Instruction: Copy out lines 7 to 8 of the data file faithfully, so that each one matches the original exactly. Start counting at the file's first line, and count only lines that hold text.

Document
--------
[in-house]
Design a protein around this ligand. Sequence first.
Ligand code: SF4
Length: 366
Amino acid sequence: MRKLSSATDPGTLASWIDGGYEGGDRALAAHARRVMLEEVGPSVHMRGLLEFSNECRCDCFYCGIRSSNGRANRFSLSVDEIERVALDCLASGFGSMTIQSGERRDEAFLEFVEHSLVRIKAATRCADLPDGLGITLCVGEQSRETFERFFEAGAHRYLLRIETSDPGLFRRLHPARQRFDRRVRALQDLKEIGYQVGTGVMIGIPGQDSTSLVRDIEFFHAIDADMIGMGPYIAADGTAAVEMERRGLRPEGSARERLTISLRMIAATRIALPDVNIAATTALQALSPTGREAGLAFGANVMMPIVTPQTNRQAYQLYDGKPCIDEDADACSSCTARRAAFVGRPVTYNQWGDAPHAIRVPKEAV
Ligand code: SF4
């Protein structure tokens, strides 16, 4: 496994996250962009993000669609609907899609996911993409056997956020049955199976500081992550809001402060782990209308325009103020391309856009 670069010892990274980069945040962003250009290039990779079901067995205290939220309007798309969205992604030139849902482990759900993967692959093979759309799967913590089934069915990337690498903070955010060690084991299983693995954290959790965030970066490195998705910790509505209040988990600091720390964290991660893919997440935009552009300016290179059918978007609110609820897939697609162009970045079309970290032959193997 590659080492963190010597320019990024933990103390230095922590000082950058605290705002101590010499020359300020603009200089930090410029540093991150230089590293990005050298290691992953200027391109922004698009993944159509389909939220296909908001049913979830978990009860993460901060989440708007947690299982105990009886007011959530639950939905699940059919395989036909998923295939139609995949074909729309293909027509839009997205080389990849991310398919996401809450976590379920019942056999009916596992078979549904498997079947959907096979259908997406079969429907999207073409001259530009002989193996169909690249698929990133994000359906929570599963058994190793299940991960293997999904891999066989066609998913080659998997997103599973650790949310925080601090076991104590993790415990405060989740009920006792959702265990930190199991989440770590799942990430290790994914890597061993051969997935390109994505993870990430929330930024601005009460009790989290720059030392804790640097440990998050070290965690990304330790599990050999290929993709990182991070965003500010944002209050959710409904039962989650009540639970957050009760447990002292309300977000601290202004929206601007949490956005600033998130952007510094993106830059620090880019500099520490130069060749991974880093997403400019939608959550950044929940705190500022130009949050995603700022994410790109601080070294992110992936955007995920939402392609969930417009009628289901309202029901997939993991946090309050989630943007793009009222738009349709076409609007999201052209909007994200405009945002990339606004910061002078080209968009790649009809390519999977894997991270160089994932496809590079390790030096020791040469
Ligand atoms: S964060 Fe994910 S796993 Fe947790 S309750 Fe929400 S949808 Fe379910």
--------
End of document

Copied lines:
């Protein structure tokens, strides 16, 4: 496994996250962009993000669609609907899609996911993409056997956020049955199976500081992550809001402060782990209308325009103020391309856009 670069010892990274980069945040962003250009290039990779079901067995205290939220309007798309969205992604030139849902482990759900993967692959093979759309799967913590089934069915990337690498903070955010060690084991299983693995954290959790965030970066490195998705910790509505209040988990600091720390964290991660893919997440935009552009300016290179059918978007609110609820897939697609162009970045079309970290032959193997 590659080492963190010597320019990024933990103390230095922590000082950058605290705002101590010499020359300020603009200089930090410029540093991150230089590293990005050298290691992953200027391109922004698009993944159509389909939220296909908001049913979830978990009860993460901060989440708007947690299982105990009886007011959530639950939905699940059919395989036909998923295939139609995949074909729309293909027509839009997205080389990849991310398919996401809450976590379920019942056999009916596992078979549904498997079947959907096979259908997406079969429907999207073409001259530009002989193996169909690249698929990133994000359906929570599963058994190793299940991960293997999904891999066989066609998913080659998997997103599973650790949310925080601090076991104590993790415990405060989740009920006792959702265990930190199991989440770590799942990430290790994914890597061993051969997935390109994505993870990430929330930024601005009460009790989290720059030392804790640097440990998050070290965690990304330790599990050999290929993709990182991070965003500010944002209050959710409904039962989650009540639970957050009760447990002292309300977000601290202004929206601007949490956005600033998130952007510094993106830059620090880019500099520490130069060749991974880093997403400019939608959550950044929940705190500022130009949050995603700022994410790109601080070294992110992936955007995920939402392609969930417009009628289901309202029901997939993991946090309050989630943007793009009222738009349709076409609007999201052209909007994200405009945002990339606004910061002078080209968009790649009809390519999977894997991270160089994932496809590079390790030096020791040469
Ligand atoms: S964060 Fe994910 S796993 Fe947790 S309750 Fe929400 S949808 Fe379910």